Don't thank me, really...Just in time for the new academic year, I bring you "Grading Problems Solved!" After reading this clever response to outsourcing, and having answered a few too many of those telemarketing calls (long silence; series of clicks, followed by impossibly foreign voice that says, "Good evening, I am...uh...Russell and I am calling from Big US Corporation"), I have decided that we academics must make outsourcing our friend.
We all know, courtesy of "60 Minutes" and liberal whining, that countries like India are positively teeming with articulate, educated people just aching to do the kind of jobs that Americans demand overpayment for. My proposal is simple. Even the lowliest tenure-line assistant prof. rakes in, say, 30K/year. Many of us make a wee bit more than that. Even factoring in massive student loans debts incurred by those of us with suicidal humanities tendencies, we can easily squeeze 10K off the top to hire two bright, educated, articulate foreign nationals to whom we outsource our grading responsibilities. It's like an international system of TAs: we provide the rubrics, the bell curve, the grade distribution—those of us who are over-achievers can even order a set of comment stamps with things like "This is the stupidest thing I've ever read," and "Duh!" in our own handwriting. With our new, high-efficiency grading team behind us, we have hours, and hours free...to snap up those fine single-course opportunities on campuses within a reasonable radius. No, 4K/semester is not sufficient income for a highly educated teaching professional who must live thereupon. But hire your outsource team well, fudge your enrollment numbers, and we're talking $3000.00 pure profit for each additional course with your name listed next to it. Well, after taxes. But think of it this way: students whose instructors are paid less-than-living wages can't honestly expect quality face-time, right? Be sure to include "phone conferences" in your list of outsourcee responsibilities, and let the students wonder why you develop that odd accent after 8 p.m. every night.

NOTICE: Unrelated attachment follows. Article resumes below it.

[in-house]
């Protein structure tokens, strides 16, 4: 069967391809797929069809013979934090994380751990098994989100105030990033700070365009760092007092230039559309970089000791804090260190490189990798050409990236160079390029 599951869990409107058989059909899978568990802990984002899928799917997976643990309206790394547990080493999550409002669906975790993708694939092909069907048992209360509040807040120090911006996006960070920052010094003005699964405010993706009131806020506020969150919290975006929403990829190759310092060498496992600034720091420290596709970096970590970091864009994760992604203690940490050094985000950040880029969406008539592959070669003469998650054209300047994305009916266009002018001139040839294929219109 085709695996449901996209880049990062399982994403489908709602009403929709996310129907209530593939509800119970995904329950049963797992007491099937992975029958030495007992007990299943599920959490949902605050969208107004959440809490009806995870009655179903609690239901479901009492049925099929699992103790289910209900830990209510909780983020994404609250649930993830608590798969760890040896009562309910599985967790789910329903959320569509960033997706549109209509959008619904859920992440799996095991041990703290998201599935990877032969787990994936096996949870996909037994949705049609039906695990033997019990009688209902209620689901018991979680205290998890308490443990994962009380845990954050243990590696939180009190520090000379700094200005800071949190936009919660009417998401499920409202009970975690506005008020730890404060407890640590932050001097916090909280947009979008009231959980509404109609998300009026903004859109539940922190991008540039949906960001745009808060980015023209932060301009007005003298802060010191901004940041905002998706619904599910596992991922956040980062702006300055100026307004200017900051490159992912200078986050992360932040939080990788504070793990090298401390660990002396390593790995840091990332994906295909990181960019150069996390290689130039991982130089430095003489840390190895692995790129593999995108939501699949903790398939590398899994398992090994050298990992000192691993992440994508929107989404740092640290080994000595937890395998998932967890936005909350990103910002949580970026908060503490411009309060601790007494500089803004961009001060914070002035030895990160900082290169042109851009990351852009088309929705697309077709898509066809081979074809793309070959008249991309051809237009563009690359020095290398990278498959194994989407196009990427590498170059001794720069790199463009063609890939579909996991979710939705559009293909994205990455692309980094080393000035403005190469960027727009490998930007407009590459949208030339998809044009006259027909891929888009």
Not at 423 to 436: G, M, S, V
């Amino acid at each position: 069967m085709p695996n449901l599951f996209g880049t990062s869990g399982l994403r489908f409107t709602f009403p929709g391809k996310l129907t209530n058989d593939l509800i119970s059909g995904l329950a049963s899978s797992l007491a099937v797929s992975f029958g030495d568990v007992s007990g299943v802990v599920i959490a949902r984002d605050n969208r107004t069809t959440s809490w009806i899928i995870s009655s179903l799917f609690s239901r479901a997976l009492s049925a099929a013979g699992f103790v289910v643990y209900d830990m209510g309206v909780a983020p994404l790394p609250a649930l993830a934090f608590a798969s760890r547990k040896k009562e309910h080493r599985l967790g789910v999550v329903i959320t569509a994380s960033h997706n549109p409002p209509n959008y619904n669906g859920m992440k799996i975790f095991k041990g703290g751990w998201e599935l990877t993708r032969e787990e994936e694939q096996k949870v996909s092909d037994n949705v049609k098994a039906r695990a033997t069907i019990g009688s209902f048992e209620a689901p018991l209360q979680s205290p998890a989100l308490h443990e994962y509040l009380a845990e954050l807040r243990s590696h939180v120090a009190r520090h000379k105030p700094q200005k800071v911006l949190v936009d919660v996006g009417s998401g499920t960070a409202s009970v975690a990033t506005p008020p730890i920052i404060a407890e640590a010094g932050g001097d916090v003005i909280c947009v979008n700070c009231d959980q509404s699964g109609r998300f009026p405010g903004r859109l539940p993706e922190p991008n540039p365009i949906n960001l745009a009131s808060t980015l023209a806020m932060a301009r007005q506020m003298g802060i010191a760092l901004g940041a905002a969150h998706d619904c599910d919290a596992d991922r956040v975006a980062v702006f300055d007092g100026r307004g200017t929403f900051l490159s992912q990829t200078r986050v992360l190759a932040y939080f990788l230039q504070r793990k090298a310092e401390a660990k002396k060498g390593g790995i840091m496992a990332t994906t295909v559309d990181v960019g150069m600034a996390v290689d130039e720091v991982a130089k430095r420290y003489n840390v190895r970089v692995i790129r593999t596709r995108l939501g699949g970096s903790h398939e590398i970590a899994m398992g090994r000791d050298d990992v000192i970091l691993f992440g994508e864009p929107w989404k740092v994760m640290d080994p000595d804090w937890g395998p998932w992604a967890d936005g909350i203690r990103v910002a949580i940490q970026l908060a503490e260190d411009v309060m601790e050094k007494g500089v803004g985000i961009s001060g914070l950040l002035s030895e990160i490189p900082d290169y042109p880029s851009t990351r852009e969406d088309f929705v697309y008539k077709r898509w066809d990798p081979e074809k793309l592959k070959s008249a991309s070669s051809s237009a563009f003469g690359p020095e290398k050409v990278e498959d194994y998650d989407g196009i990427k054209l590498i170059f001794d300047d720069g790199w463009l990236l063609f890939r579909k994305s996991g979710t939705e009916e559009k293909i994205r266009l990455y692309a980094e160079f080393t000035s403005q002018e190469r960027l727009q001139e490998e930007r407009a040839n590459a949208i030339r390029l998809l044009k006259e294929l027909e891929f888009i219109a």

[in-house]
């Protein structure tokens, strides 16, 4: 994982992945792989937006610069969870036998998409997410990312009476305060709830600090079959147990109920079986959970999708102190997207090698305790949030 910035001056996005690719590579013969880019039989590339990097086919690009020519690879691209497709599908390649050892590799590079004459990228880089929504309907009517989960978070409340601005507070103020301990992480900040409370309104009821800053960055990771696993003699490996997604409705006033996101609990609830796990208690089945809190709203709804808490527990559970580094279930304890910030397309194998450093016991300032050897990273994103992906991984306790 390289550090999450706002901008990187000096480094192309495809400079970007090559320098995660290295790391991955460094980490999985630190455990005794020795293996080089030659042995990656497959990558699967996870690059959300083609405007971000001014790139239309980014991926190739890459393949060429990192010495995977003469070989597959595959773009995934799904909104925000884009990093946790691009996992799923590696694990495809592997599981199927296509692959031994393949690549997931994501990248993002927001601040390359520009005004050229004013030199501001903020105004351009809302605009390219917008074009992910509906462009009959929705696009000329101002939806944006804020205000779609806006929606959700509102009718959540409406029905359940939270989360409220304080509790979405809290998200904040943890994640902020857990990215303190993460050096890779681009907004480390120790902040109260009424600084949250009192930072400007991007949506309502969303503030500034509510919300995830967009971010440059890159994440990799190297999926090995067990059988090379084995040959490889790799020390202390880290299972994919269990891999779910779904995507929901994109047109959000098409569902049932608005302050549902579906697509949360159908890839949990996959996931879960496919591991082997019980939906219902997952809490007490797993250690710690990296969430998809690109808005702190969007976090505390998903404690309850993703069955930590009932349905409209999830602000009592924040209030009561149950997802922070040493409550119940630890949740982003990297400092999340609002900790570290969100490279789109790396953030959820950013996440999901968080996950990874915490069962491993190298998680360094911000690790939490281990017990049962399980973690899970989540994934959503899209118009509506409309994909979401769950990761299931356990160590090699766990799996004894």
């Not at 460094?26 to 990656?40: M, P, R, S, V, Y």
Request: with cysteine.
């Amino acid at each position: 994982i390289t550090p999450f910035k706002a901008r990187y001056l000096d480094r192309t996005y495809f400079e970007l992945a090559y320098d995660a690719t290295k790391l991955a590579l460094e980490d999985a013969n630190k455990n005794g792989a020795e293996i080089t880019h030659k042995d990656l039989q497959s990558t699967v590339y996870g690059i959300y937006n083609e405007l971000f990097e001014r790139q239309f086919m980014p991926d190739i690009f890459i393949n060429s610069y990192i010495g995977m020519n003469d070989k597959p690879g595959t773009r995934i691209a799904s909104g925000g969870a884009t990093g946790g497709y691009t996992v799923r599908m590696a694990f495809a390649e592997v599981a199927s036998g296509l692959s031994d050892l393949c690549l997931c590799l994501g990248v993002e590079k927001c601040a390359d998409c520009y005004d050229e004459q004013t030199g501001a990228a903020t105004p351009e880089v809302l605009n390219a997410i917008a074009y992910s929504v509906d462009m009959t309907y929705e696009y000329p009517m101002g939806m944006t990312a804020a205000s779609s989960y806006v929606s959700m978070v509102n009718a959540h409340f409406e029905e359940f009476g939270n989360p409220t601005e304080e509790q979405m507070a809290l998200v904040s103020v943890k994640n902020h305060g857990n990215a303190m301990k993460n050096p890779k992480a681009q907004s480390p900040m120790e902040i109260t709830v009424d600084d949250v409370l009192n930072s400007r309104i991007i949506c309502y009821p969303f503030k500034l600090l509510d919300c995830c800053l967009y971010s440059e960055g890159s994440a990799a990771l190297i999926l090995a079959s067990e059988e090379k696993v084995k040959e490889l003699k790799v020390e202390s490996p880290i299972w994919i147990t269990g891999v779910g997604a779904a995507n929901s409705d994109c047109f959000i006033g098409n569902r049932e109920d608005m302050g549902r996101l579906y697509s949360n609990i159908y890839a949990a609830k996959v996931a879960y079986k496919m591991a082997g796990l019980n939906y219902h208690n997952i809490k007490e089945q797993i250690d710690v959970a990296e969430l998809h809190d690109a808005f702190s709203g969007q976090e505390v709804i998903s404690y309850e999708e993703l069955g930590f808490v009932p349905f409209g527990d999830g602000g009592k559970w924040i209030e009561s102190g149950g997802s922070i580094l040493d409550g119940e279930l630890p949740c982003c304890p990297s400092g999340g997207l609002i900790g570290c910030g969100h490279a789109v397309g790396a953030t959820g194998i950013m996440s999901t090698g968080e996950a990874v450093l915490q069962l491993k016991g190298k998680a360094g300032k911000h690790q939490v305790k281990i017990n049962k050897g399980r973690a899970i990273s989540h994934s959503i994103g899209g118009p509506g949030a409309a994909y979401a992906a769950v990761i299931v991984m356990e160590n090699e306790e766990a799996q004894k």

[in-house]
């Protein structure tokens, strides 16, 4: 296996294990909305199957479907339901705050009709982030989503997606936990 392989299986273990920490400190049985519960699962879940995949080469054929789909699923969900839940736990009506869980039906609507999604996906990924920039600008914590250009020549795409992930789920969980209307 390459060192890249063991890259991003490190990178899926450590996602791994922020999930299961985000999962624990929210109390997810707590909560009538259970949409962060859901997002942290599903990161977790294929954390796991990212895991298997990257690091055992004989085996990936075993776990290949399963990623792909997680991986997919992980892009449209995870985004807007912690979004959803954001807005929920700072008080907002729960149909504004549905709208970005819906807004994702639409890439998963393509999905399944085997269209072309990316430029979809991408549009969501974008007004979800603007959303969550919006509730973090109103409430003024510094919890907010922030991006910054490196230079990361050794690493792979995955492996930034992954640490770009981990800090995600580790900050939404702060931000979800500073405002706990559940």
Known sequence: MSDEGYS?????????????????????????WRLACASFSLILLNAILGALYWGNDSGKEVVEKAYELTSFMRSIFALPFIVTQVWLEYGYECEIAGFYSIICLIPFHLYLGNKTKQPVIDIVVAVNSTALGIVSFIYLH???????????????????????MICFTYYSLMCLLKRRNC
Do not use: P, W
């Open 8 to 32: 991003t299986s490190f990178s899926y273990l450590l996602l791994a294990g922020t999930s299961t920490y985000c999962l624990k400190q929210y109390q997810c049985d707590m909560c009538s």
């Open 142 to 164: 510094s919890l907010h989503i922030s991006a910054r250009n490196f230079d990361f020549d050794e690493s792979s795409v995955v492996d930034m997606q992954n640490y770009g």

What about the class time it takes to manage your expanding empire? This is the beauty of the "distance-education" revolution: one hour of you, on video, can serve as a "class session" for your various client-bases. Every third class can be a "research day," "writing workshop," or "reading day."
The question is, are we going to allow our administrations to be the only ones who gain from the exponential rise in outsourcing, domestic and international? Or are we going to seize the reins and drive our own destinies?
No, don't thank me.